The haskell project have a new integration with Emacs. I have to say this installed remarkably easy. The only problem I had was that I’d put a bad config into %APPDATA%\stack\config.yaml and this created errors – that were well explained in Emacs.

It’s not 100% clear how you get things to work though. Bare in mind I’ve never used Emacs before today.

I have managed to get Haskell setup and working, which came with stack.

Following the Intero guide, the installation of the package was easy enough – just edit the %APPDATA%\emacs.d file. I restarted Emacs and the Intero package installed itself without errors.

Following the guide further I ran the stack new intro-demo command in a directory. This created the intero-demo directory and put everything in it. If you then ‘File > Open Directory’ in Emacs to open the intero-demo directory. Opening Setup.hs had the affect of getting Intero to install itself.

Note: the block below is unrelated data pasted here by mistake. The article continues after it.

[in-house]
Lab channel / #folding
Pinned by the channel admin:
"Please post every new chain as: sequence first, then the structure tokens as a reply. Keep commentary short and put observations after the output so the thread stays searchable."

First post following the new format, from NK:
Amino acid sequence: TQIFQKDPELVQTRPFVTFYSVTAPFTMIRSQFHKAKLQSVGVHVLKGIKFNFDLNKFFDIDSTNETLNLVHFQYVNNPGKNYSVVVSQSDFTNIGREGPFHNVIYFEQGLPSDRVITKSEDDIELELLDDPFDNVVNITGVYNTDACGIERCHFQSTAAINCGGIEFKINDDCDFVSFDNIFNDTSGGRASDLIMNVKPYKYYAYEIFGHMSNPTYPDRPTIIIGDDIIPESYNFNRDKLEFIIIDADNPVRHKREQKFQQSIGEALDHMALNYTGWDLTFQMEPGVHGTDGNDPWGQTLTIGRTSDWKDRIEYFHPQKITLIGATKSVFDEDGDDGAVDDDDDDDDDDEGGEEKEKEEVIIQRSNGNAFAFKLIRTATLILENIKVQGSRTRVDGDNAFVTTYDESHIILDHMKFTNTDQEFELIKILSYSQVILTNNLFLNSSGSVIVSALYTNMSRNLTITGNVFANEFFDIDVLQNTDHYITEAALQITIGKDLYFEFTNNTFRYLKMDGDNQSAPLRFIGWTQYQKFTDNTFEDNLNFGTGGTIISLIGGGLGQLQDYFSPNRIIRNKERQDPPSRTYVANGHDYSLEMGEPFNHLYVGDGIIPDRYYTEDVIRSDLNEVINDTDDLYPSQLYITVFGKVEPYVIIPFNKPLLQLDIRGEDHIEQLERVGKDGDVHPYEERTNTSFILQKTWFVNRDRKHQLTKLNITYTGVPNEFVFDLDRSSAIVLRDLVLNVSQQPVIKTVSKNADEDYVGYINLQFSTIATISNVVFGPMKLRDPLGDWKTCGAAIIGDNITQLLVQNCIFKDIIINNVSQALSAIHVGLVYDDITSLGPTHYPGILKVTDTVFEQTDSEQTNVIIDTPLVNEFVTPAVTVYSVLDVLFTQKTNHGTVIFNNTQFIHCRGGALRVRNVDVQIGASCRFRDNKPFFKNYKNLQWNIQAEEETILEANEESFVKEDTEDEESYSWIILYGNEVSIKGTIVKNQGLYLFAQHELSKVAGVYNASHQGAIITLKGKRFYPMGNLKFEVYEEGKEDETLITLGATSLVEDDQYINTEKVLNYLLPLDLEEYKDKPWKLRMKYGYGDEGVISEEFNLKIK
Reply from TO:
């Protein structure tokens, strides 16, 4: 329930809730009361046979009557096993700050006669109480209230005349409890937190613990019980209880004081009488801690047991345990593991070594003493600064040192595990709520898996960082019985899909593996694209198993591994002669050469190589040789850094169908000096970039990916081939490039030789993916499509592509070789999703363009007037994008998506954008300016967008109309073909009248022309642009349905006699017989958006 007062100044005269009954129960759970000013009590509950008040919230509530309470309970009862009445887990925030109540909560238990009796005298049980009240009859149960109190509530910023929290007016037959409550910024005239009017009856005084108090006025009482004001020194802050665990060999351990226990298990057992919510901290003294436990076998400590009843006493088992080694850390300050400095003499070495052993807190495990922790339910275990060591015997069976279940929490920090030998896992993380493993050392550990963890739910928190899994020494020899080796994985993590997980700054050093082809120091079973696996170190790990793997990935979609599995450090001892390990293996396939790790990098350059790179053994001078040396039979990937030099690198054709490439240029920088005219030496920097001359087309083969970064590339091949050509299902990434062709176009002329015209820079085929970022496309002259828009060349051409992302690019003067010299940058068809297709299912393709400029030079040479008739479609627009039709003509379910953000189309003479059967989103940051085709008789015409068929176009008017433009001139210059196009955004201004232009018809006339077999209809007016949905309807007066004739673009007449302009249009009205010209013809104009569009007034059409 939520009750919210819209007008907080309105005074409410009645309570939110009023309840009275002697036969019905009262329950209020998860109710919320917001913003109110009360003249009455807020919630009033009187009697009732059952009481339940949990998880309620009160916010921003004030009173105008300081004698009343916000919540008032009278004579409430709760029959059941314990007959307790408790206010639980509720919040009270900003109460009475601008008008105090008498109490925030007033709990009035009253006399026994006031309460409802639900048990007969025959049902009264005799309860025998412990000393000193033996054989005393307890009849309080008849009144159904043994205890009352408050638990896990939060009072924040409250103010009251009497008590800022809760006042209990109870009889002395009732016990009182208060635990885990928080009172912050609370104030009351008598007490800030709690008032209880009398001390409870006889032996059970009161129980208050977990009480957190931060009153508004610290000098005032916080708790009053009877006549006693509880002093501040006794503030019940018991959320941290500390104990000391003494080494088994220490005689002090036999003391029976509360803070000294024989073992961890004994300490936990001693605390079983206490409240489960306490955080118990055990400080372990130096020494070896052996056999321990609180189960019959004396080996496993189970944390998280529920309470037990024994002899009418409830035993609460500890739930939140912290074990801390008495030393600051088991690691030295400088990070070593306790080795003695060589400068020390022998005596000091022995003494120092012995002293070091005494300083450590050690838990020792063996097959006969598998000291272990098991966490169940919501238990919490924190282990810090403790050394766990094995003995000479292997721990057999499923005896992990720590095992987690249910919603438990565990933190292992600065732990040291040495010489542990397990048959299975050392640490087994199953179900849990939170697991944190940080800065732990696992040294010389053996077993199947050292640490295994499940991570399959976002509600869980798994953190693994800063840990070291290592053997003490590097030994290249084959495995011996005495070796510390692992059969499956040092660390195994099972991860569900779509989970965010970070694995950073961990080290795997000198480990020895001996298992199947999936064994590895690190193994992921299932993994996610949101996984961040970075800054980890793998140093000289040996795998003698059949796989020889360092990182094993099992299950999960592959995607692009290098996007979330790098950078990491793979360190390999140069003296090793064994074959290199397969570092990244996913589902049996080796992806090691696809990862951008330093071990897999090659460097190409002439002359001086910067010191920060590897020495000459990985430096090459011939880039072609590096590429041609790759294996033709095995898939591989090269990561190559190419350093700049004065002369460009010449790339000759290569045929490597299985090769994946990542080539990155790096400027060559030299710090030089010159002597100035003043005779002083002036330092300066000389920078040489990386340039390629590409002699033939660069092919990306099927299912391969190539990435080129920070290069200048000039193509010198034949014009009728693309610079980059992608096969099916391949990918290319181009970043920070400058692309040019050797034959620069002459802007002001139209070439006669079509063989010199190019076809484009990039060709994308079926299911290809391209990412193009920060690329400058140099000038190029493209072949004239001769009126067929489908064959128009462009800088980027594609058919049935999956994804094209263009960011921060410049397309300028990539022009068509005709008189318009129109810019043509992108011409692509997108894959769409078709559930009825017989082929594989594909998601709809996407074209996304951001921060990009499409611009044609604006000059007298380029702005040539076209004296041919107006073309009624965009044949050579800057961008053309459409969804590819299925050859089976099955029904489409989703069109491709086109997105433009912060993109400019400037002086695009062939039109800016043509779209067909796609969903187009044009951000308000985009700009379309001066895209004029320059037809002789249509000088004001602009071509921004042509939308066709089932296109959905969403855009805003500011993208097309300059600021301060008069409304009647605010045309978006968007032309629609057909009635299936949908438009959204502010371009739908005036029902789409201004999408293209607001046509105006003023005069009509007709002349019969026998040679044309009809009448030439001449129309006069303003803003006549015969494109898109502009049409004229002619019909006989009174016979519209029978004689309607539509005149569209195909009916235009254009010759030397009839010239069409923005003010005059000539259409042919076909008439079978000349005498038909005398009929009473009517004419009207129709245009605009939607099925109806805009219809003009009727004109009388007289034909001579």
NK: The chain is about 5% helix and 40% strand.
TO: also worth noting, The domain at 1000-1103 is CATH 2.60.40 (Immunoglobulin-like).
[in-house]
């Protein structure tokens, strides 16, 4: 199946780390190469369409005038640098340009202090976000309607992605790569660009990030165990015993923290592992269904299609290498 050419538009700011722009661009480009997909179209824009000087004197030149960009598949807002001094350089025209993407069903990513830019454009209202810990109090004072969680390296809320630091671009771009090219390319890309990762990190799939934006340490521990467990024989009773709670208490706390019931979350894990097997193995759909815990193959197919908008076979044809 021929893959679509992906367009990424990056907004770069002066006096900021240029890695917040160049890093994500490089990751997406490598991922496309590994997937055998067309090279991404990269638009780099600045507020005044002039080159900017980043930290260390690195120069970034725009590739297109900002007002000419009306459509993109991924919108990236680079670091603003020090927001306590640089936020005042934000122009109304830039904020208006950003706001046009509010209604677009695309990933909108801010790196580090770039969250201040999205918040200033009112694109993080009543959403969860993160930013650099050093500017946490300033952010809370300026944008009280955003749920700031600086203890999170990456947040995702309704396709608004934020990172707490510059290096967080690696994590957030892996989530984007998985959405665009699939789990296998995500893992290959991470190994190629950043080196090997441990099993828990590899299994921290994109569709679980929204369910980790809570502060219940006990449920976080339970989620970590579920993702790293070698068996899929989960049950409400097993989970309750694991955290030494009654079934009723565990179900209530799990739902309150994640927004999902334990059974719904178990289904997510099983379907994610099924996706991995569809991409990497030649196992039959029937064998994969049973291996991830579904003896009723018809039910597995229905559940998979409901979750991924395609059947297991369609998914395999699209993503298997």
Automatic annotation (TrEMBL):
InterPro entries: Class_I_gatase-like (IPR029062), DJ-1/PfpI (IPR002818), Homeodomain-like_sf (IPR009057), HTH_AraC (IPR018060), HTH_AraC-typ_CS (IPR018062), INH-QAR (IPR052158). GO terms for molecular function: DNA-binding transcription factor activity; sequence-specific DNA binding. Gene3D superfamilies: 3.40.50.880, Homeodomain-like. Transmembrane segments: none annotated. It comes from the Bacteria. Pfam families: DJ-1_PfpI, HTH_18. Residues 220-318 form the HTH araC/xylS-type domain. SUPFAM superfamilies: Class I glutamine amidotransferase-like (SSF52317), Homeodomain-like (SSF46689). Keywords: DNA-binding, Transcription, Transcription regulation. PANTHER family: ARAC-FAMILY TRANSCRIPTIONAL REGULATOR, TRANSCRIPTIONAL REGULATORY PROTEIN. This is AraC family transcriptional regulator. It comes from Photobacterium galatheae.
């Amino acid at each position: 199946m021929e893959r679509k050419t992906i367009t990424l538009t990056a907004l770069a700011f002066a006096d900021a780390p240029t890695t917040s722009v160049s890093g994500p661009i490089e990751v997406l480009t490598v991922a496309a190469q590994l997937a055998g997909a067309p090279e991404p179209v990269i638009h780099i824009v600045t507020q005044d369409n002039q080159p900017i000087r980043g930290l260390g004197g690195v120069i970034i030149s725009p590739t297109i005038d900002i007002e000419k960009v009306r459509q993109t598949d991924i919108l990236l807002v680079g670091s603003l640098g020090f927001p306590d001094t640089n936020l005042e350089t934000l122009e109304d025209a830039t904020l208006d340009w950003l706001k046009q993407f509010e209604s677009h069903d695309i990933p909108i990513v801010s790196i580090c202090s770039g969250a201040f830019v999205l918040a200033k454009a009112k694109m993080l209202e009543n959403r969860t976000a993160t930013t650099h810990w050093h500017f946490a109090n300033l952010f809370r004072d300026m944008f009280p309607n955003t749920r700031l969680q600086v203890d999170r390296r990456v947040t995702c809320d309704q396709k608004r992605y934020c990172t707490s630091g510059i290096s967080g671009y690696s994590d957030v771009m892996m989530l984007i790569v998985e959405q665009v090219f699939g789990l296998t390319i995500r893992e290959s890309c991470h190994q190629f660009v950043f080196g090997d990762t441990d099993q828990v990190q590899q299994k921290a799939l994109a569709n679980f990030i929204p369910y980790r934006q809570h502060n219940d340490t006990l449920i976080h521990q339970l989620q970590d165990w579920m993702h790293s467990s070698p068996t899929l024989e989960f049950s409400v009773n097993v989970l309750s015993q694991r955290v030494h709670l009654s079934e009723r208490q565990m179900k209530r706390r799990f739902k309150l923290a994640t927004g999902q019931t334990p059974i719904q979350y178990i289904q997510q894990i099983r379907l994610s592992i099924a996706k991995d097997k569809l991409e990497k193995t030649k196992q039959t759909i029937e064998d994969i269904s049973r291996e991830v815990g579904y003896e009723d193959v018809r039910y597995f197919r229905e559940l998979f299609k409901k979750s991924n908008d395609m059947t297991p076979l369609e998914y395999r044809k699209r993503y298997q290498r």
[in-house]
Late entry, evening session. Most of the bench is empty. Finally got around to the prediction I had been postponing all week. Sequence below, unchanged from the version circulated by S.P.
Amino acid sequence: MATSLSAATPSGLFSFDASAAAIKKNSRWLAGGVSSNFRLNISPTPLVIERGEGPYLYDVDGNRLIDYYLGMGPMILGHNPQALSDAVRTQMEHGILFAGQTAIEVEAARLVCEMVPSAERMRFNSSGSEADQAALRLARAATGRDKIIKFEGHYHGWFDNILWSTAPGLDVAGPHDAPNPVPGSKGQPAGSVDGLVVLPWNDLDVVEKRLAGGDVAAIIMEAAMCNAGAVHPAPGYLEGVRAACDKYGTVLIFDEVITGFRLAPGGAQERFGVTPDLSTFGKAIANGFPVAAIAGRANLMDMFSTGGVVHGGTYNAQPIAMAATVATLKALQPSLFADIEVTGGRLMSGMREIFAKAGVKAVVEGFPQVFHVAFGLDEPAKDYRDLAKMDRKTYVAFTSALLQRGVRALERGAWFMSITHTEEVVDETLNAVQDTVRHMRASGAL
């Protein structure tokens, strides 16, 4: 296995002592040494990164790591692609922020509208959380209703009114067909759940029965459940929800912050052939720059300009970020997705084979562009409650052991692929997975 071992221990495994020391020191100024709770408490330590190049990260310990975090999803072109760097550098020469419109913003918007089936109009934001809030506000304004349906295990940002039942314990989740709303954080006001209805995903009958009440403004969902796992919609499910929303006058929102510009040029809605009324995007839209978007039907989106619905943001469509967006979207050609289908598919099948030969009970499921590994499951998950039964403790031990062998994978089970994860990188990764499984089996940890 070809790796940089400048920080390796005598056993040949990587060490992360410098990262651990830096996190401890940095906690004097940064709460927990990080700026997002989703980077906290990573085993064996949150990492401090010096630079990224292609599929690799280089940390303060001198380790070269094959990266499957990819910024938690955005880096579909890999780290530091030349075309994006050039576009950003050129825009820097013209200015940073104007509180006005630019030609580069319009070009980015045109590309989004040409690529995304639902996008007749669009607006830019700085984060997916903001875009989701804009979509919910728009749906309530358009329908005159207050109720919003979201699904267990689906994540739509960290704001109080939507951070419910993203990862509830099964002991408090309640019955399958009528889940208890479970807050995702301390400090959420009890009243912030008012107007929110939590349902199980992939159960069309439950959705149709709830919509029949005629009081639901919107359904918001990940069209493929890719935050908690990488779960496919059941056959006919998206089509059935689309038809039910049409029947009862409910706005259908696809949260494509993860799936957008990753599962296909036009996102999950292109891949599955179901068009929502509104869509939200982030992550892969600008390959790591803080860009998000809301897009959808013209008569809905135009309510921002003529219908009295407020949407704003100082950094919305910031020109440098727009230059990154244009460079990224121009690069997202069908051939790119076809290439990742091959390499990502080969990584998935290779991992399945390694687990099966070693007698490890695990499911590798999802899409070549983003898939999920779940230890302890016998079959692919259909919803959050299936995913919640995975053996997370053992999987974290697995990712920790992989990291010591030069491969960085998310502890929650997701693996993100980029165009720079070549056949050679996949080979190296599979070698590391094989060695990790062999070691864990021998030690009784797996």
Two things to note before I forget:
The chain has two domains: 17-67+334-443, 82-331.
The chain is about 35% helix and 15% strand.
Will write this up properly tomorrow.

At this point things were actually working – but it wasn’t obvious the the error as you type checking was happening because it was erroring at the very first command of the Setup.hs

However if you open up a new Haskell file in the directory it should start doing error checking on the fly.

Hoping the Brexit vote was a protest vote, not a racist one

The only positive I hope from this is that the Brexit vote was a protest vote.

So I’m hoping the majority of ‘leavers’ aren’t siding with Farage, they don’t care about Boris – they just want to say Fuck You to all politicians and leaders.

This is probably the first and only time that the entire population have been given a protest vote. This is not a choice between one dodgy politician or another politician. This is not choosing between Trump or Clinton.

This is a chance to say fuck you to every single party. This is fuck you to the leaders of both the Conservative and Labour parties.